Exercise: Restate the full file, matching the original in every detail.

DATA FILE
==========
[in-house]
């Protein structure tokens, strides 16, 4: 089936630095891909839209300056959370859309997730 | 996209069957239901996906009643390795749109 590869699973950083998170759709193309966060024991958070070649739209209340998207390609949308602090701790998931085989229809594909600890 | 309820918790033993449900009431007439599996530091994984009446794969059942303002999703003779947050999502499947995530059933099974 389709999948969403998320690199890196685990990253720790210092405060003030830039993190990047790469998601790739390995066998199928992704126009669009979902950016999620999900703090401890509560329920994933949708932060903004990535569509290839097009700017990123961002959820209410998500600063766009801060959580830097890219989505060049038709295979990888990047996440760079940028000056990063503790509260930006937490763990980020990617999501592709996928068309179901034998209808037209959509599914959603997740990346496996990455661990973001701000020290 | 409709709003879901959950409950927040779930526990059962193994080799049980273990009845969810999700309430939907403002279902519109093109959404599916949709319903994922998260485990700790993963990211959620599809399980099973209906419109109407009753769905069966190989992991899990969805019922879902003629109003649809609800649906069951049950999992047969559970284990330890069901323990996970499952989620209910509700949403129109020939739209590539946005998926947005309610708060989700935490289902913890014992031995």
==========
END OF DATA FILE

[in-house]
């Protein structure tokens, strides 16, 4: 089936630095891909839209300056959370859309997730 | 996209069957239901996906009643390795749109 590869699973950083998170759709193309966060024991958070070649739209209340998207390609949308602090701790998931085989229809594909600890 | 309820918790033993449900009431007439599996530091994984009446794969059942303002999703003779947050999502499947995530059933099974 389709999948969403998320690199890196685990990253720790210092405060003030830039993190990047790469998601790739390995066998199928992704126009669009979902950016999620999900703090401890509560329920994933949708932060903004990535569509290839097009700017990123961002959820209410998500600063766009801060959580830097890219989505060049038709295979990888990047996440760079940028000056990063503790509260930006937490763990980020990617999501592709996928068309179901034998209808037209959509599914959603997740990346496996990455661990973001701000020290 | 409709709003879901959950409950927040779930526990059962193994080799049980273990009845969810999700309430939907403002279902519109093109959404599916949709319903994922998260485990700790993963990211959620599809399980099973209906419109109407009753769905069966190989992991899990969805019922879902003629109003649809609800649906069951049950999992047969559970284990330890069901323990996970499952989620209910509700949403129109020939739209590539946005998926947005309610708060989700935490289902913890014992031995």